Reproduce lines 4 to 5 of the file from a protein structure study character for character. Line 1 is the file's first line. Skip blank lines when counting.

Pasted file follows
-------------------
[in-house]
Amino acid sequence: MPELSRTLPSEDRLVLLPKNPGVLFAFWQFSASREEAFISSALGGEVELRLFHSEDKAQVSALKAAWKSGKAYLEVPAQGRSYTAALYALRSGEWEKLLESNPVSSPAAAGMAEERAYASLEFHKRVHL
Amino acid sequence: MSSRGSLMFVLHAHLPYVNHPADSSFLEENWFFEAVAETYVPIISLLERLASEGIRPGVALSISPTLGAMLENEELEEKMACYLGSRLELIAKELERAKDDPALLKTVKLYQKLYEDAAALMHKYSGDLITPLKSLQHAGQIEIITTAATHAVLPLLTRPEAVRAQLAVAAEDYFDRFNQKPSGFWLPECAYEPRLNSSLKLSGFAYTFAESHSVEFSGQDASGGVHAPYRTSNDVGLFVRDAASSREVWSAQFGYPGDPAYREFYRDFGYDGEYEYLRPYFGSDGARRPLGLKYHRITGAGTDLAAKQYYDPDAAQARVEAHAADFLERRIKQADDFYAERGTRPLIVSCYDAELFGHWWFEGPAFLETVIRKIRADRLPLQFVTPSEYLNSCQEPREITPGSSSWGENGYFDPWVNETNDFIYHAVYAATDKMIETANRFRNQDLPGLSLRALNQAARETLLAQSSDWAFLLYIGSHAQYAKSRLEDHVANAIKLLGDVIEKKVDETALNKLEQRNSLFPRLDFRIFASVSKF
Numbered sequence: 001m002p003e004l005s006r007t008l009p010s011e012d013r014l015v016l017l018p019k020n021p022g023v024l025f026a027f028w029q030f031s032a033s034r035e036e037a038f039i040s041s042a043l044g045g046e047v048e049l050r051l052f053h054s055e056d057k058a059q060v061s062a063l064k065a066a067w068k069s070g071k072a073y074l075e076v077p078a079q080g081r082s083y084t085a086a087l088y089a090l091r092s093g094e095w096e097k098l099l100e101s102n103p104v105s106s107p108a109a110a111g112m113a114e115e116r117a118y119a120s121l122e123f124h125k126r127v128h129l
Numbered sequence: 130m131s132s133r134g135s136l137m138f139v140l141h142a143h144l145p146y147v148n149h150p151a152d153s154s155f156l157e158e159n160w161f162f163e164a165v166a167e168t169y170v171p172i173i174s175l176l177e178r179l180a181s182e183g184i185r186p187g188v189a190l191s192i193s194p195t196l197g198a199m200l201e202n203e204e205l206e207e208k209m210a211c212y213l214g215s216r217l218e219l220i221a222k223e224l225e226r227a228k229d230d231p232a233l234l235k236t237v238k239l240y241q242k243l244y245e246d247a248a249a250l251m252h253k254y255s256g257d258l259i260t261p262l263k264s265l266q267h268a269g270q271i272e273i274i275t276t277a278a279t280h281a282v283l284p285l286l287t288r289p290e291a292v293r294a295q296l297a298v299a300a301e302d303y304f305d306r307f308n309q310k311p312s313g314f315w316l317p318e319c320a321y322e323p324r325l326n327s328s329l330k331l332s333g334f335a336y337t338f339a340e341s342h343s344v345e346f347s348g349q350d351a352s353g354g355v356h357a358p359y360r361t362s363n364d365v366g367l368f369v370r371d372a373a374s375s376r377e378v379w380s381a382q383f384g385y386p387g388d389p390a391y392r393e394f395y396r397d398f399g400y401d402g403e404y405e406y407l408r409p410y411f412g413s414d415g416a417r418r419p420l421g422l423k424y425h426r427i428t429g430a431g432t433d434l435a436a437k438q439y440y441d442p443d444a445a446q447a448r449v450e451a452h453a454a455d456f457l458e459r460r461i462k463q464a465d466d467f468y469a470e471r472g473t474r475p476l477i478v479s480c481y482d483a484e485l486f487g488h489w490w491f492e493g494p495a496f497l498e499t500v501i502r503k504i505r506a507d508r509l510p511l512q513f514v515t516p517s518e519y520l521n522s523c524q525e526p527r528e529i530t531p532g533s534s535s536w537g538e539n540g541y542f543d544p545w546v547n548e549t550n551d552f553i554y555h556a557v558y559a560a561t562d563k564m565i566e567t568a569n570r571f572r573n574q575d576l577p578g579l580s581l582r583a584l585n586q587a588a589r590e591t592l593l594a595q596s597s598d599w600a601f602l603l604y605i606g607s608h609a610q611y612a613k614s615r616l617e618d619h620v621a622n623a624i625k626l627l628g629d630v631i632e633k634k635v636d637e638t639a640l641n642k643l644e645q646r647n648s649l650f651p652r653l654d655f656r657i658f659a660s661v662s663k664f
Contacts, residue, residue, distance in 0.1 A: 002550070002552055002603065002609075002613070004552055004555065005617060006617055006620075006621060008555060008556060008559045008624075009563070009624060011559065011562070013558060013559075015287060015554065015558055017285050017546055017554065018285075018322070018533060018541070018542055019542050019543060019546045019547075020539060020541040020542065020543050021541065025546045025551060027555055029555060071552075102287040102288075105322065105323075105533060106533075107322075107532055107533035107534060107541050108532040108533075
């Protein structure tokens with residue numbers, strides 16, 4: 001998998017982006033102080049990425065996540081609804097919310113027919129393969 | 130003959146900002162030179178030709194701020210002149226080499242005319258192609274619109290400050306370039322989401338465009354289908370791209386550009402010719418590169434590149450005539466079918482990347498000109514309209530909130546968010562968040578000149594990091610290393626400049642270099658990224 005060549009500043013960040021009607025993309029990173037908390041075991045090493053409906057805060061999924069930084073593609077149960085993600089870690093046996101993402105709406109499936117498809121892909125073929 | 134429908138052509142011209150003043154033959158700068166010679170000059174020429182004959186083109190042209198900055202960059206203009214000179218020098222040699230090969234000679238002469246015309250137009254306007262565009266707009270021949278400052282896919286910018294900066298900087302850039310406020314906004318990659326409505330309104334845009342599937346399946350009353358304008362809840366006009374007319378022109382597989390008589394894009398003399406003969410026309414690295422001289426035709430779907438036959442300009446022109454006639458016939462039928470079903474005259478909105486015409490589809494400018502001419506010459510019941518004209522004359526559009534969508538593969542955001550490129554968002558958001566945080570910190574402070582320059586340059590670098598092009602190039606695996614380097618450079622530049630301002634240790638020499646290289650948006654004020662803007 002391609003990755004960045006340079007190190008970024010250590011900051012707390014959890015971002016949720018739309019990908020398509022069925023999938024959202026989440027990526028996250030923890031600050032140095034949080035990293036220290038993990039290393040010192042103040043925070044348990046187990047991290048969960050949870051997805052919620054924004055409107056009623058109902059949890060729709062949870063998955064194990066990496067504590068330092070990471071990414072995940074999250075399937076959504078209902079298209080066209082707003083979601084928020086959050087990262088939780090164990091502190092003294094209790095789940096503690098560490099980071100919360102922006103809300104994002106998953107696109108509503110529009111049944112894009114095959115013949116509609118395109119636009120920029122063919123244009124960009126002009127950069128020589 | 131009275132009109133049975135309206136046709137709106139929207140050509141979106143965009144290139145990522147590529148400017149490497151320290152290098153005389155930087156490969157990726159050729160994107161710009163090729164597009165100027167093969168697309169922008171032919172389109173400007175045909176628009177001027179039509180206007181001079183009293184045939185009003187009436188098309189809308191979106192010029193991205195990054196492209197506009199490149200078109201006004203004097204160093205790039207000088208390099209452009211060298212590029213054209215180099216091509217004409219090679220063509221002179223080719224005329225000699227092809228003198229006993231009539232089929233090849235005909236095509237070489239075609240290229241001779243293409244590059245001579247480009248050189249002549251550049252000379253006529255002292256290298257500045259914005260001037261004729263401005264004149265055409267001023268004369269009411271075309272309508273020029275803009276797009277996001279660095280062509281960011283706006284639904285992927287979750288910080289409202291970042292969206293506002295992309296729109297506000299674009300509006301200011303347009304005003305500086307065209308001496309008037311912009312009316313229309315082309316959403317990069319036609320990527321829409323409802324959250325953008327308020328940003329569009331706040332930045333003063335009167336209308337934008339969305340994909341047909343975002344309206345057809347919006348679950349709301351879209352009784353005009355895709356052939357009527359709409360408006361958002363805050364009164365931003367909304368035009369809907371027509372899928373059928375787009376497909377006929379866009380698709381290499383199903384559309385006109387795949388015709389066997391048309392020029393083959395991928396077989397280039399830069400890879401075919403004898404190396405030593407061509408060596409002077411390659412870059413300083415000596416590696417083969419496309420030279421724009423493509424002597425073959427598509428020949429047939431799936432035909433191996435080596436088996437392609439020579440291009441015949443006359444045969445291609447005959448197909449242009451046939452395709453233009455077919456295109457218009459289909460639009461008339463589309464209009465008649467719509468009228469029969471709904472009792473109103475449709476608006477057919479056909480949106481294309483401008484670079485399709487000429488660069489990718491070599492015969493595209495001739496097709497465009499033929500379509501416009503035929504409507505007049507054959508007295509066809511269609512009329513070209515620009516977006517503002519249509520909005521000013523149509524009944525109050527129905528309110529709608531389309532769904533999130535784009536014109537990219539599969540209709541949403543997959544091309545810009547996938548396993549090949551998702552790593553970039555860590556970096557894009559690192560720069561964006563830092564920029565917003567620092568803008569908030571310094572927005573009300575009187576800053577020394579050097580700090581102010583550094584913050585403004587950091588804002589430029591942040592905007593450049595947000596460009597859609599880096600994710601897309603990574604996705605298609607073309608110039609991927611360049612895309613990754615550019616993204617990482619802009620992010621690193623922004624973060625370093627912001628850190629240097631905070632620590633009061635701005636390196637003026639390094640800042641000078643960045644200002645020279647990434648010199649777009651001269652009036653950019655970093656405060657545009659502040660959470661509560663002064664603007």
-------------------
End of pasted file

Numbered sequence: 001m002p003e004l005s006r007t008l009p010s011e012d013r014l015v016l017l018p019k020n021p022g023v024l025f026a027f028w029q030f031s032a033s034r035e036e037a038f039i040s041s042a043l044g045g046e047v048e049l050r051l052f053h054s055e056d057k058a059q060v061s062a063l064k065a066a067w068k069s070g071k072a073y074l075e076v077p078a079q080g081r082s083y084t085a086a087l088y089a090l091r092s093g094e095w096e097k098l099l100e101s102n103p104v105s106s107p108a109a110a111g112m113a114e115e116r117a118y119a120s121l122e123f124h125k126r127v128h129l
Numbered sequence: 130m131s132s133r134g135s136l137m138f139v140l141h142a143h144l145p146y147v148n149h150p151a152d153s154s155f156l157e158e159n160w161f162f163e164a165v166a167e168t169y170v171p172i173i174s175l176l177e178r179l180a181s182e183g184i185r186p187g188v189a190l191s192i193s194p195t196l197g198a199m200l201e202n203e204e205l206e207e208k209m210a211c212y213l214g215s216r217l218e219l220i221a222k223e224l225e226r227a228k229d230d231p232a233l234l235k236t237v238k239l240y241q242k243l244y245e246d247a248a249a250l251m252h253k254y255s256g257d258l259i260t261p262l263k264s265l266q267h268a269g270q271i272e273i274i275t276t277a278a279t280h281a282v283l284p285l286l287t288r289p290e291a292v293r294a295q296l297a298v299a300a301e302d303y304f305d306r307f308n309q310k311p312s313g314f315w316l317p318e319c320a321y322e323p324r325l326n327s328s329l330k331l332s333g334f335a336y337t338f339a340e341s342h343s344v345e346f347s348g349q350d351a352s353g354g355v356h357a358p359y360r361t362s363n364d365v366g367l368f369v370r371d372a373a374s375s376r377e378v379w380s381a382q383f384g385y386p387g388d389p390a391y392r393e394f395y396r397d398f399g400y401d402g403e404y405e406y407l408r409p410y411f412g413s414d415g416a417r418r419p420l421g422l423k424y425h426r427i428t429g430a431g432t433d434l435a436a437k438q439y440y441d442p443d444a445a446q447a448r449v450e451a452h453a454a455d456f457l458e459r460r461i462k463q464a465d466d467f468y469a470e471r472g473t474r475p476l477i478v479s480c481y482d483a484e485l486f487g488h489w490w491f492e493g494p495a496f497l498e499t500v501i502r503k504i505r506a507d508r509l510p511l512q513f514v515t516p517s518e519y520l521n522s523c524q525e526p527r528e529i530t531p532g533s534s535s536w537g538e539n540g541y542f543d544p545w546v547n548e549t550n551d552f553i554y555h556a557v558y559a560a561t562d563k564m565i566e567t568a569n570r571f572r573n574q575d576l577p578g579l580s581l582r583a584l585n586q587a588a589r590e591t592l593l594a595q596s597s598d599w600a601f602l603l604y605i606g607s608h609a610q611y612a613k614s615r616l617e618d619h620v621a622n623a624i625k626l627l628g629d630v631i632e633k634k635v636d637e638t639a640l641n642k643l644e645q646r647n648s649l650f651p652r653l654d655f656r657i658f659a660s661v662s663k664f